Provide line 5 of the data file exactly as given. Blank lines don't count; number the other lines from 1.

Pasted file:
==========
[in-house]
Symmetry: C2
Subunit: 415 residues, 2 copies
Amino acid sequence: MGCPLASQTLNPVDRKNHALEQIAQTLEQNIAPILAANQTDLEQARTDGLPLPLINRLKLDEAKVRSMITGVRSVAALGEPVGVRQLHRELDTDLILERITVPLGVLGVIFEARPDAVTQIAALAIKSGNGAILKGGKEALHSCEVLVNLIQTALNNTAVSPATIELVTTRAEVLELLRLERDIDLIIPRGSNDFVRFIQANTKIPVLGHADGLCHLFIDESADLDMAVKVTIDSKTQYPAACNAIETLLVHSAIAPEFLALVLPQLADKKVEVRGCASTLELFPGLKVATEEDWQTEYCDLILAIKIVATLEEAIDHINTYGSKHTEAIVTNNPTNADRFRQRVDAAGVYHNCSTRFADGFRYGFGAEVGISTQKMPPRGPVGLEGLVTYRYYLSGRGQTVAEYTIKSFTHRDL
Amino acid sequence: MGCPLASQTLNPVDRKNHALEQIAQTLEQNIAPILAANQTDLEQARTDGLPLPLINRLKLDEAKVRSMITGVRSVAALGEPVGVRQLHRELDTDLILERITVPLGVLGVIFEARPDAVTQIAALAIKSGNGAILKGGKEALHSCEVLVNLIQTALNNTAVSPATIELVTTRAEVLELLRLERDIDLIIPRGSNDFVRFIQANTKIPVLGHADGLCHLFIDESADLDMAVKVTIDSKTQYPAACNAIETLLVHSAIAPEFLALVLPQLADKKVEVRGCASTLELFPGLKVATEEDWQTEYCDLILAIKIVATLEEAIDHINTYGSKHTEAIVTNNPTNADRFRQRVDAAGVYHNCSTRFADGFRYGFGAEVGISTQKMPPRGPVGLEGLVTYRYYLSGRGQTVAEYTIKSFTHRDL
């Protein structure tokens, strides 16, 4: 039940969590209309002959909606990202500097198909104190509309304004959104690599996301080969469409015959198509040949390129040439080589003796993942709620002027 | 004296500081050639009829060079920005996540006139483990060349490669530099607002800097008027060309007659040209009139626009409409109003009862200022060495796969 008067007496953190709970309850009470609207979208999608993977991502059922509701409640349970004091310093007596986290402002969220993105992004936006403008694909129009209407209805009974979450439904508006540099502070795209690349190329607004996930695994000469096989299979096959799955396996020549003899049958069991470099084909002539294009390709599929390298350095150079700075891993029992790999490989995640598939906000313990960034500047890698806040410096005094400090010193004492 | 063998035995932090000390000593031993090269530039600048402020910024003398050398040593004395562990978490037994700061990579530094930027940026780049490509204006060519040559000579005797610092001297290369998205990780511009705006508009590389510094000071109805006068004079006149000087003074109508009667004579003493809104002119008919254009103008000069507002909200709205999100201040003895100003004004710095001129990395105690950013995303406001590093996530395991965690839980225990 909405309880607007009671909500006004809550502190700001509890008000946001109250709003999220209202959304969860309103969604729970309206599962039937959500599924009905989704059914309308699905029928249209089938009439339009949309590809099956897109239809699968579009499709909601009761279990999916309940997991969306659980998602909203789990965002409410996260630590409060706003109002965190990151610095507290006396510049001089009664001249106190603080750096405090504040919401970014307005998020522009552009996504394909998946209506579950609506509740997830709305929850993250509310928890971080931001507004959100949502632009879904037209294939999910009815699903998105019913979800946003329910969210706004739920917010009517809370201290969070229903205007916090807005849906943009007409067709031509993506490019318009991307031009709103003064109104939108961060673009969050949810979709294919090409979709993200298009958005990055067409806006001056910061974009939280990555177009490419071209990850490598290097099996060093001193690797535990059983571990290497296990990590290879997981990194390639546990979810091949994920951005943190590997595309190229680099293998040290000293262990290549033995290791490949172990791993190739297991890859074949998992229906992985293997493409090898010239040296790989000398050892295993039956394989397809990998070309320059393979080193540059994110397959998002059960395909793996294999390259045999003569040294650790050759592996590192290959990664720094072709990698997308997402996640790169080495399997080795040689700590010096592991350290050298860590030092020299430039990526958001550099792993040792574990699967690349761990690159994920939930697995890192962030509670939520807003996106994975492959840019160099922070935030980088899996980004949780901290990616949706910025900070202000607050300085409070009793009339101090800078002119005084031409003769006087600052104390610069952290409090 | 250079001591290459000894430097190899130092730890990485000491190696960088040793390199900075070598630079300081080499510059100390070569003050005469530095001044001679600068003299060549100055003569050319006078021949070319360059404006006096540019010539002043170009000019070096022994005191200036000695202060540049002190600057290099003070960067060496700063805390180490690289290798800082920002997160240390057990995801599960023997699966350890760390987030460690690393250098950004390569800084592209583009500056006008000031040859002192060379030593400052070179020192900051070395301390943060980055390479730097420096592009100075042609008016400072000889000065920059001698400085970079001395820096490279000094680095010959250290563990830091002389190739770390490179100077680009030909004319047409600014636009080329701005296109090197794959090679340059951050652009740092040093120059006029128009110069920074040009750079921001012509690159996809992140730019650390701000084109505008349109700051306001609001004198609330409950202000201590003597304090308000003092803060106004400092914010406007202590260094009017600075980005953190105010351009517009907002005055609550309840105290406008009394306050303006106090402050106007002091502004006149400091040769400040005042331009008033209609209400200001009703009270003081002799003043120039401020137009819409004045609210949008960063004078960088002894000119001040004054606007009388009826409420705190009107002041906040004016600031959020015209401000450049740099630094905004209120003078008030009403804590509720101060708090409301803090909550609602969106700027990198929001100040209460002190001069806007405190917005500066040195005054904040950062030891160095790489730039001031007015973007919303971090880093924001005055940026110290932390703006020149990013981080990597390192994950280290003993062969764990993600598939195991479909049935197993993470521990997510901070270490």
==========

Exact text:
Amino acid sequence: MGCPLASQTLNPVDRKNHALEQIAQTLEQNIAPILAANQTDLEQARTDGLPLPLINRLKLDEAKVRSMITGVRSVAALGEPVGVRQLHRELDTDLILERITVPLGVLGVIFEARPDAVTQIAALAIKSGNGAILKGGKEALHSCEVLVNLIQTALNNTAVSPATIELVTTRAEVLELLRLERDIDLIIPRGSNDFVRFIQANTKIPVLGHADGLCHLFIDESADLDMAVKVTIDSKTQYPAACNAIETLLVHSAIAPEFLALVLPQLADKKVEVRGCASTLELFPGLKVATEEDWQTEYCDLILAIKIVATLEEAIDHINTYGSKHTEAIVTNNPTNADRFRQRVDAAGVYHNCSTRFADGFRYGFGAEVGISTQKMPPRGPVGLEGLVTYRYYLSGRGQTVAEYTIKSFTHRDL